Our Mission

Postcolonial Networks brings together scholars, activists, and leaders with the urgency of a movement to foster decolonized relationships, innovative scholarship, and social transformation.

Postcolonial Networks Board

Monthly Archives: February 2012

Michael Nausner, “Hybridity and Negotiated Boundaries Even in Germany: Reflections on the Reception of Postcolonial Theory and Theology.” Journal of Postcolonial Networks Vol. 2, Issue 1 (February 2012): 1-30.

February 27th, 2012|

This article attempts to shed light on the colonial legacy in German society today and to highlight instances of the arrival of postcolonial theory and theology in German academia. The invisibility of the colonial past in Germany is slowly coming to an end at the beginning of the twenty-first century, as demonstrated in the first part of the article. The new awareness is reflected in a growing number of activities highlighting Germany’s participation in the establishment of a colonial world order in the nineteenth century and the remaining effects of this participation.

Review of Christopher Stanley, ed., The Colonized Apostle: Paul through Postcolonial Eyes (Paul in Critical Contexts; Minneapolis: Fortress, 2011), xvi+365 pp.

February 23rd, 2012|

Given the obscurantism that often accompanies postcolonial criticism—as with other theory-dense frameworks—the mental gymnastics required to enter the discourse occasionally proves overwhelming to prospective students. In The Colonized Apostle: Paul through Postcolonial Eyes, editor Christopher Stanley has collected sixteen essays on the apostle Paul with a logical progression to form a less intimidating introduction to the topic. While it is difficult to identify any single thematic or textual strand that runs through all the essays—except perhaps ambivalence to the notion of Christianity’s “pure origins”—this diversity of topic proves conducive to the book’s appeal.

Calling Out Bodies

February 16th, 2012|

Postcolonial Body Performance Narratives (PBPN) – What is it? PBPNs diversely engage postcolonial themes, theories, theologies, and realities from decidedly situated perspectives and irreducibly treat bodies and lived experiences as multidimensional sites from which to theorize postcolonial corporeality. Attention to the body is more than just a flirtation with the idea of the body as […]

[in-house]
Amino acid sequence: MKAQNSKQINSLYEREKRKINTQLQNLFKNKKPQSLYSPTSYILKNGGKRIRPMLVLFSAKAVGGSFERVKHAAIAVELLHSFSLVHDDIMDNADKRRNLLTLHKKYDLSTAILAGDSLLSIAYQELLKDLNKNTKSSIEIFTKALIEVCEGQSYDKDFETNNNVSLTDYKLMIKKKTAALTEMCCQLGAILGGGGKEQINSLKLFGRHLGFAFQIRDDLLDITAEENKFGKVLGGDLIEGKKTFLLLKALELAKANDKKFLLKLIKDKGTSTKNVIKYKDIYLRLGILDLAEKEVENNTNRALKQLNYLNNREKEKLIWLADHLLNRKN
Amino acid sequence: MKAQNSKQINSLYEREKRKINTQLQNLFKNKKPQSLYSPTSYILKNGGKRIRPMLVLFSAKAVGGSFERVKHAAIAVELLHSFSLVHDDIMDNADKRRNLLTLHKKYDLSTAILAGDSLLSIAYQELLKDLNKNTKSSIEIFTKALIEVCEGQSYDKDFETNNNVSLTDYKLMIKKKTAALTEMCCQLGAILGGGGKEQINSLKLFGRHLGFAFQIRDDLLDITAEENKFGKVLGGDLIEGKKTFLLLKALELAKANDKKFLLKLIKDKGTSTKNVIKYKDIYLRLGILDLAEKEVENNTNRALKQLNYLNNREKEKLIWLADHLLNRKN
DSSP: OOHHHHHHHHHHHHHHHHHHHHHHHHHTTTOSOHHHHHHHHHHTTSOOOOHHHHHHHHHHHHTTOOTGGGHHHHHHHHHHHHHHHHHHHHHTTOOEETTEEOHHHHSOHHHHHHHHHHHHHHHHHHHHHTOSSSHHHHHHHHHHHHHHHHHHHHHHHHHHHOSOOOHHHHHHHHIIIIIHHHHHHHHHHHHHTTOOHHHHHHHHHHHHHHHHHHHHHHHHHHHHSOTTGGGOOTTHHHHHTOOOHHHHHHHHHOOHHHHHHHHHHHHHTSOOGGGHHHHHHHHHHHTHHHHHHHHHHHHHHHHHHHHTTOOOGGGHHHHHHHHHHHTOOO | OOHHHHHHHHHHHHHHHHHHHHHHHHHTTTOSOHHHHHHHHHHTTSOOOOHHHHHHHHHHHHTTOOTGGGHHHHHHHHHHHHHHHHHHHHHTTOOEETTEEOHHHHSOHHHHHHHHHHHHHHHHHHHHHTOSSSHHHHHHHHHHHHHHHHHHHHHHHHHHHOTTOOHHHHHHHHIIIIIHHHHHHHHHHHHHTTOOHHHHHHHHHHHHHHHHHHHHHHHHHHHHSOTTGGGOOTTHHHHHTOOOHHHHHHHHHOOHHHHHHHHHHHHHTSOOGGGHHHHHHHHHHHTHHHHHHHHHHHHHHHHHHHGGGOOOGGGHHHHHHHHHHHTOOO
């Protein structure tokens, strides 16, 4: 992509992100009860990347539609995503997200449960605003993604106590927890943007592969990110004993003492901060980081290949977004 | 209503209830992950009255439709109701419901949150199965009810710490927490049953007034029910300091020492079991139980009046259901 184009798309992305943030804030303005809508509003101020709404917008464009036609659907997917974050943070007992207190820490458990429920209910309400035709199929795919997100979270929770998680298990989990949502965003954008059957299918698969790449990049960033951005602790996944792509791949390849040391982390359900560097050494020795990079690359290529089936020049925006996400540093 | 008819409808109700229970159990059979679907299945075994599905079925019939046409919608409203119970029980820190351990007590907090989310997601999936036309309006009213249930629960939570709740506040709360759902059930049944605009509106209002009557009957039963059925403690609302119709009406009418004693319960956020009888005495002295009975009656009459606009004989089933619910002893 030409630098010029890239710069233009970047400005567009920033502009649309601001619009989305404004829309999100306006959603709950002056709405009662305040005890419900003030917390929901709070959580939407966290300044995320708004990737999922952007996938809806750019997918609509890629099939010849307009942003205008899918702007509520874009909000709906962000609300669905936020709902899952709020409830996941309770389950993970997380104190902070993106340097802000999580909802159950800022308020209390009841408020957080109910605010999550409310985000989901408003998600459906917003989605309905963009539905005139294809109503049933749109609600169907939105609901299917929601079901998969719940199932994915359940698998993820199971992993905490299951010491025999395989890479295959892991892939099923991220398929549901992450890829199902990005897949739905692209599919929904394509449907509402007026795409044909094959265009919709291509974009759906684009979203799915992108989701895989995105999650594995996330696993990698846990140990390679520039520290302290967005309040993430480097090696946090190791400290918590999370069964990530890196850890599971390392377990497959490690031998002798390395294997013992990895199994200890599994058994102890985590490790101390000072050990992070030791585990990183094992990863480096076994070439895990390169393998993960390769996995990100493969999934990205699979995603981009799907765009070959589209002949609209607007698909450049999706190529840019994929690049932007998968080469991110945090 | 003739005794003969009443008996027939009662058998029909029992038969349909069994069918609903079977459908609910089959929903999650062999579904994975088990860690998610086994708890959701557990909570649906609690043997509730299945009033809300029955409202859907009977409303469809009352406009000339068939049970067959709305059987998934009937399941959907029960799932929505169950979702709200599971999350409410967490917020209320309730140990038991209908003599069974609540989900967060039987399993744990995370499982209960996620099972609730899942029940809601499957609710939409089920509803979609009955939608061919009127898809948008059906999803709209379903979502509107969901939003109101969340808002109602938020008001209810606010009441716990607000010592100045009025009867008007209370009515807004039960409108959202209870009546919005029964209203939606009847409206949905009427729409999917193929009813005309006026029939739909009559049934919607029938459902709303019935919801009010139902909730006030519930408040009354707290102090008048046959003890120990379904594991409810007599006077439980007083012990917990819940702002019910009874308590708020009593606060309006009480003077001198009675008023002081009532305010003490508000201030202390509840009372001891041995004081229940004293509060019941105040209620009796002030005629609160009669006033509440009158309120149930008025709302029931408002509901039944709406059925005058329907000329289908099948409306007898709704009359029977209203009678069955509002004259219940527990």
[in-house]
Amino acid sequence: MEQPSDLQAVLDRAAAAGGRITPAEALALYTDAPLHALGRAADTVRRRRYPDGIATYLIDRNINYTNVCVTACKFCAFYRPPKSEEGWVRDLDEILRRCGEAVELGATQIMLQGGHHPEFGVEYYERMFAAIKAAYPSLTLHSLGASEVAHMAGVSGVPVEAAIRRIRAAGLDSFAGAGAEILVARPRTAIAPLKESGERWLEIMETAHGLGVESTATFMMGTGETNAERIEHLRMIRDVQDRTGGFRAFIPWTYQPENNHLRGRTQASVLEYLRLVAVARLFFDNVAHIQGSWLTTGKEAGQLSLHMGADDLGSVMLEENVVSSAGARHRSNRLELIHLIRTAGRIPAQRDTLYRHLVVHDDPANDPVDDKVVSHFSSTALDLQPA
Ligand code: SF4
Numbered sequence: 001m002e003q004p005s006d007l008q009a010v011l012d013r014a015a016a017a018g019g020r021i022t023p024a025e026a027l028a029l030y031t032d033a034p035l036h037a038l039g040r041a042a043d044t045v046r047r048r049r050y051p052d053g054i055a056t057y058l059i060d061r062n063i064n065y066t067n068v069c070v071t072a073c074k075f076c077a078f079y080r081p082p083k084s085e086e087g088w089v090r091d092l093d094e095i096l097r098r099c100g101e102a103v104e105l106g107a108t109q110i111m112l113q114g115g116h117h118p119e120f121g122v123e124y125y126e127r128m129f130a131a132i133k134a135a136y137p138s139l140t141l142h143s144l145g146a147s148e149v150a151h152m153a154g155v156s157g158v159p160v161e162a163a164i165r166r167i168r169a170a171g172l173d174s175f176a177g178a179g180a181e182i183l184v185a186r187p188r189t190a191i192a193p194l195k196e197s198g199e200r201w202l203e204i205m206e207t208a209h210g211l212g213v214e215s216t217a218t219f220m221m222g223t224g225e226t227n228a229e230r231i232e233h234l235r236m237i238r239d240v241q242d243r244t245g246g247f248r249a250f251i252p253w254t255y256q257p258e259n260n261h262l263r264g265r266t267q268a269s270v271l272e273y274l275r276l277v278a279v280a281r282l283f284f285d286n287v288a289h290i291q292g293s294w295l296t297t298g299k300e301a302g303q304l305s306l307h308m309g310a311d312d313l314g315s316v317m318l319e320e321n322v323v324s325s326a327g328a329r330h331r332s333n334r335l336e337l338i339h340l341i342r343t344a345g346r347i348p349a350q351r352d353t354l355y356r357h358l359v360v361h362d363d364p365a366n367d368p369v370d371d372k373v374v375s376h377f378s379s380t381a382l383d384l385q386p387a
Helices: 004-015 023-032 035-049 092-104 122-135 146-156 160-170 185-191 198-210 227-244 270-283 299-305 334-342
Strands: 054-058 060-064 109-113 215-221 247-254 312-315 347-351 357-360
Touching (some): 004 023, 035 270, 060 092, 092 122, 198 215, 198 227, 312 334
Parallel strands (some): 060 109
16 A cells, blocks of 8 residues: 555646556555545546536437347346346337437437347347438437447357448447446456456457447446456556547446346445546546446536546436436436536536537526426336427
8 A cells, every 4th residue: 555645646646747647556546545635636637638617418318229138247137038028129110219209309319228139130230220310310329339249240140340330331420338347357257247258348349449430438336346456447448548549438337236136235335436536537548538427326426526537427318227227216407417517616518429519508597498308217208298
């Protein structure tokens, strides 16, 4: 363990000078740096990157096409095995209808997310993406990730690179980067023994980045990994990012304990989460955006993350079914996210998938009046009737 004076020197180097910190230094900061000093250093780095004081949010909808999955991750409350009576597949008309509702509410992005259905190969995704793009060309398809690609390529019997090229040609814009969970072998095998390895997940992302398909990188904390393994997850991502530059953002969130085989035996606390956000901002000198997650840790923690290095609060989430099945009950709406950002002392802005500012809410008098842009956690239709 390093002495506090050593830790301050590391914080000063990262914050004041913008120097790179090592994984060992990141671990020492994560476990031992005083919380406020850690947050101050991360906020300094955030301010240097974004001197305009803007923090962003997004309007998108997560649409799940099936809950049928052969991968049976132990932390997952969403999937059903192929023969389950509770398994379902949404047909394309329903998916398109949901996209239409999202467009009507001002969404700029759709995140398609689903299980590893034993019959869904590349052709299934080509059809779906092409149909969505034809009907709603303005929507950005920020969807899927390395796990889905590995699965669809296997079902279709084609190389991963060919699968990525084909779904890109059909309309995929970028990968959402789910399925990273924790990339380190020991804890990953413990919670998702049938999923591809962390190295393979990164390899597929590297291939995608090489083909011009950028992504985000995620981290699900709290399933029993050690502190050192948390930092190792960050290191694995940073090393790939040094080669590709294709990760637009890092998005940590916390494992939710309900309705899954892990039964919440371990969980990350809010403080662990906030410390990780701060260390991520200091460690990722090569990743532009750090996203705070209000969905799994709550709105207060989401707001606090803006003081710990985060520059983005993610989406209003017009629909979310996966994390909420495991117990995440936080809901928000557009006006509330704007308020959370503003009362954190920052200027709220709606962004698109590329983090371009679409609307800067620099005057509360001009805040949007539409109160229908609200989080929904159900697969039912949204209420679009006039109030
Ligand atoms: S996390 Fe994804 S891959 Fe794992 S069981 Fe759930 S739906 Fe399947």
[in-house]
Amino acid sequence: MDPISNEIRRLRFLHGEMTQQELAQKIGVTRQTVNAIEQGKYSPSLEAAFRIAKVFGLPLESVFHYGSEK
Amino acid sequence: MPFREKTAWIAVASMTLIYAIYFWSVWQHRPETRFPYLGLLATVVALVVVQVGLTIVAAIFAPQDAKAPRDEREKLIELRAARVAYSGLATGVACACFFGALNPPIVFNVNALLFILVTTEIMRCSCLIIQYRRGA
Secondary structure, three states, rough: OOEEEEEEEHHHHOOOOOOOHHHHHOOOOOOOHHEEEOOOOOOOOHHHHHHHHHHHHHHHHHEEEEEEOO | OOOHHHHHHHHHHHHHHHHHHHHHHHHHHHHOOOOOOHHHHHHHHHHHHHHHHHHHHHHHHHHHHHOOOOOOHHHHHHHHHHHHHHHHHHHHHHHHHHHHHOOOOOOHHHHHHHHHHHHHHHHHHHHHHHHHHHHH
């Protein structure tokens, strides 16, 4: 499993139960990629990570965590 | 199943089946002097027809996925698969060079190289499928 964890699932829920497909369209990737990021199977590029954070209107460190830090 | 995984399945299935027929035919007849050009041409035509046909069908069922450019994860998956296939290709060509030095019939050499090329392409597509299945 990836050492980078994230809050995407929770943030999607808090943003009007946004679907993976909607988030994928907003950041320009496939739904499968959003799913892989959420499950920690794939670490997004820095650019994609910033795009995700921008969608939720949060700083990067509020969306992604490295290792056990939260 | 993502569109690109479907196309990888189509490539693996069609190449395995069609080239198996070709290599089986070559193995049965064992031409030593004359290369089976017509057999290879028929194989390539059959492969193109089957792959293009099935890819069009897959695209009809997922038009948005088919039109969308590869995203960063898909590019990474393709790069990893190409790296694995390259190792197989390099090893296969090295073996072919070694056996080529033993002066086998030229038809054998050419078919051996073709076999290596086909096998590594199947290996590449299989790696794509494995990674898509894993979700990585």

Peniel Rajkumar, Dalit Theology and Dalit Liberation: Problems, Paradigms and Possibilities. Surrey: Ashgate Publishing Limited, 2010.

February 7th, 2012|

The origins of Dalit Theology and Dalit Liberation: Problems, Paradigms and Possibilities lie in author Peniel Rajkumar’s “personal discontentment at Dalit theology’s failure to be effective in a practical manner” (p. 183). Here one can see the deep feeling of a young Dalit theologian and a teacher in one of the most prestigious theological colleges in India. To understand such feeling one needs to know the history of contextual or liberation theologies.

Reflections on Knowledge, Criticism, and the Intellectual

February 6th, 2012|

There is beauty in the composite, mosaic-like character of the subject, as well as in that of epistemology. Any exercise in knowledge production, if it is to significantly assist us in plumbing the depths of wisdom and expanding the contours of any understanding of freedom we currently have, has to take account of the multiple epistemic modes that together bring us closer to wholeness. No discipline on its own has what it takes to enlarge our collective way of being; injustice has drawn on a variety of disciplines to shore itself up and therefore justice cannot be expected to do any less.